Mercliess Mercenaries

Tucked as an aside into former FBI supervisory special agent Ali Soufan's must-read op-ed for the New York Times "about the false claims magnifying the effectiveness of the so-called enhanced interrogation techniques like waterboarding" is this interesting note (emphasis mine):
Fortunately for me, after I objected to the enhanced techniques, the message came through from Pat D'Amuro, an F.B.I. assistant director, that "we don't do that," and I was pulled out of the interrogations by the F.B.I. director, Robert Mueller (this was documented in the report released last year by the Justice Department's inspector general).

My C.I.A. colleagues who balked at the techniques, on the other hand, were instructed to continue. (It's worth noting that when reading between the lines of the newly released memos, it seems clear that it was contractors, not C.I.A. officers, who requested the use of these techniques.)
Those would be the same contractors who the Bush administration used to fill in the gaps (and avoid a draft), making Cheney's friends at Blackwater and Halliburton subsidiaries and other private mercenary corps rich beyond their wildest dreams, the same contractors about whom, in 2006, Bush couldn't say if they were controlled by any recognizable law while operating in Iraq.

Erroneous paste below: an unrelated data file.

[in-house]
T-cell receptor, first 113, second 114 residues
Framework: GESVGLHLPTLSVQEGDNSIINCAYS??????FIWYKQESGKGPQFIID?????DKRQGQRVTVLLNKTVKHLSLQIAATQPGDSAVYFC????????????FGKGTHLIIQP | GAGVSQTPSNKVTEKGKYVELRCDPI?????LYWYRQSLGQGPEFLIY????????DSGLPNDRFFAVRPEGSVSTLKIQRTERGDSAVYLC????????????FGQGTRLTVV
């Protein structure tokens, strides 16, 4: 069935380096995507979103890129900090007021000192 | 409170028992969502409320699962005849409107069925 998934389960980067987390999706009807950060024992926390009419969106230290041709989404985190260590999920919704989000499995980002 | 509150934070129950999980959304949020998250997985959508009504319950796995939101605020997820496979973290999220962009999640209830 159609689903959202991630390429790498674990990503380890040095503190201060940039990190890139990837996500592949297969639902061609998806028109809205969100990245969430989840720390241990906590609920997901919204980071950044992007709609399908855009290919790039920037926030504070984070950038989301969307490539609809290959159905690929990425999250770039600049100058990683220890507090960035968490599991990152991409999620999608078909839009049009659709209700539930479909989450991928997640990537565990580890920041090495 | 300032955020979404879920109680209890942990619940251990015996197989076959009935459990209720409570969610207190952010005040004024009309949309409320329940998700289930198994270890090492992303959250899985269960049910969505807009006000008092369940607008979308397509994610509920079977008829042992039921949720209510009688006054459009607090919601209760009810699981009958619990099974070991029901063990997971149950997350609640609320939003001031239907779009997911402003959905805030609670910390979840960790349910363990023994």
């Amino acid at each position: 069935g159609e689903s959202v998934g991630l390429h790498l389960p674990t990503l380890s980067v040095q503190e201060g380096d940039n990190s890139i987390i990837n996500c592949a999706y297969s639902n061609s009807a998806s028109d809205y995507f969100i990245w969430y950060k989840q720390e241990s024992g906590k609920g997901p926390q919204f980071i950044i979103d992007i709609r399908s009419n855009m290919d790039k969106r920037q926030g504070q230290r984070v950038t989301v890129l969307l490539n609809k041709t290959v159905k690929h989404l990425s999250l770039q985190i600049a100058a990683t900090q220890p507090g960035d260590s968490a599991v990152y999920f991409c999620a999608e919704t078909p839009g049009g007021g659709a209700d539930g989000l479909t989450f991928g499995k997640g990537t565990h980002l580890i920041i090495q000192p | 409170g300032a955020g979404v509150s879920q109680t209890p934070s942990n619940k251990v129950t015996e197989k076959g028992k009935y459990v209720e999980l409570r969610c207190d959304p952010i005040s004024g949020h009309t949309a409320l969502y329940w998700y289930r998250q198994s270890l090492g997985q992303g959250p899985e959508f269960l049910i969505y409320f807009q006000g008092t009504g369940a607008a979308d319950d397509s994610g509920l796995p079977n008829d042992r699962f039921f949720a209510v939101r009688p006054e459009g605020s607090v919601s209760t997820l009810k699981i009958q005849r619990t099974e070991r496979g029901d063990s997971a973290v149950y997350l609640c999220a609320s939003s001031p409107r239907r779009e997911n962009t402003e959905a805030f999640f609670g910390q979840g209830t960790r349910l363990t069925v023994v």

At some point, I hope there's a reckoning for the influence private military contractors were allowed to have on our national policy during the Bush administration. I hope, but I suspect there won't be.

In fact, I suspect that outsourcing the really ugly stuff was the point all along.

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